Mining changes at a faster pace than ever before because of the increasing demand for the materials we produce, and the speed of technological advances, as well as the quickly evolving social priorities around safety, the environment, and social license to operate.
The Geotechnical Center of Excellence works across the University of Arizona, the mining industry and other institutions to develop innovative geotechnical solutions, deliver graduates from multiple disciplines prepared to work in the geotechnical field and provide professional development training.
Environmental issues associated with mineral extraction are becoming increasingly more important as mining operations are developed near population centers, fragile ecosystems and land that is culturally and economically important to indigenous communities.
The University of Arizona Center for Environmentally Sustainable Mining (CESM) addresses issues associated with the environmental sustainability of mining as well as the management of legacy sites that are frequently a source of contamination to neighboring communities and ecosystems.
Health and Safety
Fourth Industrial Revolution advances like artificial intelligence, machine learning, and automation of mining and minerals processing present unprecedented opportunities to improve the health and safety of miners.
The Lowell Institute for Mineral Resources Health and Safety team works with mining organizations worldwide, aiding them through research collaborations, technical problem solving and optimizing safety-focused training and leadership development – achieving health and safety improvements through data-driven tools for students, organizations, and professional miners.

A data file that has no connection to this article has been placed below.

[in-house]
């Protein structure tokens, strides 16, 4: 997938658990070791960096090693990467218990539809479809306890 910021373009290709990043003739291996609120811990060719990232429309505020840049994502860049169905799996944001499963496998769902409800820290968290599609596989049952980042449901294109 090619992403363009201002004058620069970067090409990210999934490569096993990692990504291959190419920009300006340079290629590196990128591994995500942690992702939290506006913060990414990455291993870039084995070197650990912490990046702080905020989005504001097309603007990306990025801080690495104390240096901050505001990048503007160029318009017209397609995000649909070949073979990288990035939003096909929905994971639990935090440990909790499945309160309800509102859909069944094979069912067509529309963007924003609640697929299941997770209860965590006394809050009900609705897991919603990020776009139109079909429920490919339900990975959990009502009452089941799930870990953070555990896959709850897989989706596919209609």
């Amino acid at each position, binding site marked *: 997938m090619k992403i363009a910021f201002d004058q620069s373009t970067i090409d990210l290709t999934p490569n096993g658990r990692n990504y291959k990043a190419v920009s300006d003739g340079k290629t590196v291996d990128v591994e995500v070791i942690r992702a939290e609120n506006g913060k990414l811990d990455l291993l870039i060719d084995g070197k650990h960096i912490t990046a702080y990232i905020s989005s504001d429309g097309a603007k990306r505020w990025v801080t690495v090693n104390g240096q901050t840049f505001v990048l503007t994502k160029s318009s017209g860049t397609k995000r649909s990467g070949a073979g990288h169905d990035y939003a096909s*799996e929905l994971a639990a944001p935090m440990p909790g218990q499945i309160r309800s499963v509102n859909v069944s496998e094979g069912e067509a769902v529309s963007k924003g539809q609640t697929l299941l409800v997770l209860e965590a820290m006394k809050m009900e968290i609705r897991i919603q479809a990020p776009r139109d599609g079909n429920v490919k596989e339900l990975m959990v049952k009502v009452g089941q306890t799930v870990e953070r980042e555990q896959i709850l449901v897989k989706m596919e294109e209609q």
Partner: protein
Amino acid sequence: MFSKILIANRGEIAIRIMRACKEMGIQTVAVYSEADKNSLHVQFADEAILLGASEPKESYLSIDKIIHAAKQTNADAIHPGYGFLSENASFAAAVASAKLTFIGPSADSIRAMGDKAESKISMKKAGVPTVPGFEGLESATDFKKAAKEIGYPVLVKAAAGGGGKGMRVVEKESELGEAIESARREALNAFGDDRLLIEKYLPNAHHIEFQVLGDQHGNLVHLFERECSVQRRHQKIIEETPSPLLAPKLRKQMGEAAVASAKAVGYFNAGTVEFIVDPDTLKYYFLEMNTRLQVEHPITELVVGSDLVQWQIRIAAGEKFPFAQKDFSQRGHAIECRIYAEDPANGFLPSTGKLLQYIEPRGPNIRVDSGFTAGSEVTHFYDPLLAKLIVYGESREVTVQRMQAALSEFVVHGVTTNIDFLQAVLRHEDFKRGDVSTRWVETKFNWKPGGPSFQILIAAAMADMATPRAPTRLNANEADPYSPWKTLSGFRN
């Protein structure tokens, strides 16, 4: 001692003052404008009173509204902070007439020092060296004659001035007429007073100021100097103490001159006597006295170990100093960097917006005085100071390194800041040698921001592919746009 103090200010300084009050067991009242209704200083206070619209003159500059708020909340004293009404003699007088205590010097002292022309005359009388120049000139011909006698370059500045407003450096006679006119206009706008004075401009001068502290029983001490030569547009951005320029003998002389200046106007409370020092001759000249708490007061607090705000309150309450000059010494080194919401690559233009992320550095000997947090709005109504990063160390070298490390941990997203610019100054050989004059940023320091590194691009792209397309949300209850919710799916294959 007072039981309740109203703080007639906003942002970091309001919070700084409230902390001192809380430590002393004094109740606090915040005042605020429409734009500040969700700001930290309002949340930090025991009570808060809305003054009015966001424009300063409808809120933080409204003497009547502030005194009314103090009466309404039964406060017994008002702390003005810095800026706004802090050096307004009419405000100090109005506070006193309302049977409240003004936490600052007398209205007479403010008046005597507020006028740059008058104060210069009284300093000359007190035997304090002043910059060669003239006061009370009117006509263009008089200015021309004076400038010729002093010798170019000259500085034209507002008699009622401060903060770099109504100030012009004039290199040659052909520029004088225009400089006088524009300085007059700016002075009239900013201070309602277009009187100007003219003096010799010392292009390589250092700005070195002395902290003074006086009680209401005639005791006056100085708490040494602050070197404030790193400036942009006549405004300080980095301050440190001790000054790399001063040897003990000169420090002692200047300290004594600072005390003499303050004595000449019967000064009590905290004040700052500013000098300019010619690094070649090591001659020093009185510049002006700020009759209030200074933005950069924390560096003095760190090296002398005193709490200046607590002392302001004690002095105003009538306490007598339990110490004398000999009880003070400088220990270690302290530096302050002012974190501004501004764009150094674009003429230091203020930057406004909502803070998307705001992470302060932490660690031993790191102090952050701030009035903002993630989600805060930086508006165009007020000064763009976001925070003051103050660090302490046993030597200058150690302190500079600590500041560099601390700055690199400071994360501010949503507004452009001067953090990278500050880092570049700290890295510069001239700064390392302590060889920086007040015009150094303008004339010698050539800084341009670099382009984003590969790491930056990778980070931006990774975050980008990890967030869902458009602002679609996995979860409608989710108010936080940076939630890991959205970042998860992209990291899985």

Social License to Operate
Nearly every new mining project presents difficult choices between the local impact and the global demand for minerals. Mining engineers and exploration geologists often find themselves confronting tough ethical controversies.
The Lowell Institute for Mineral Resources helps prepare both students and professionals for the challenges of obtaining a social license to operate. We collaborate with the James E. Rogers College of Law on research and education related to mining, natural resource and environmental law, human rights and indigenous peoples interactions with extractive industries.
Valuable ore deposits are deeply buried and ores themselves are chemically and mineralogically complex, hard to find and harder still to process. How do we access the metals locked in these complicated, difficult ores?
The University of Arizona is home to the only Geometallurgy program in the USA. Faculty and students in the Department of Mining and Geological Engineering and the Department of Geosciences work together to develop research and teaching models that help geologists, engineers, and metallurgists work together across disciplinary barriers.
Mineral exploration is expensive and high-risk because of limited geologic knowledge and incomplete understanding of the ore-forming processes that control the distribution of minerals over geologic space and across hundreds of millions of years of geologic time. We conduct geochemical, geological and mineralogical studies on the origin, character and distribution of mineralizing systems. Our research focuses on the immediate needs and long-term interests of our collaborative partners – including mining and exploration companies as well as geological surveys.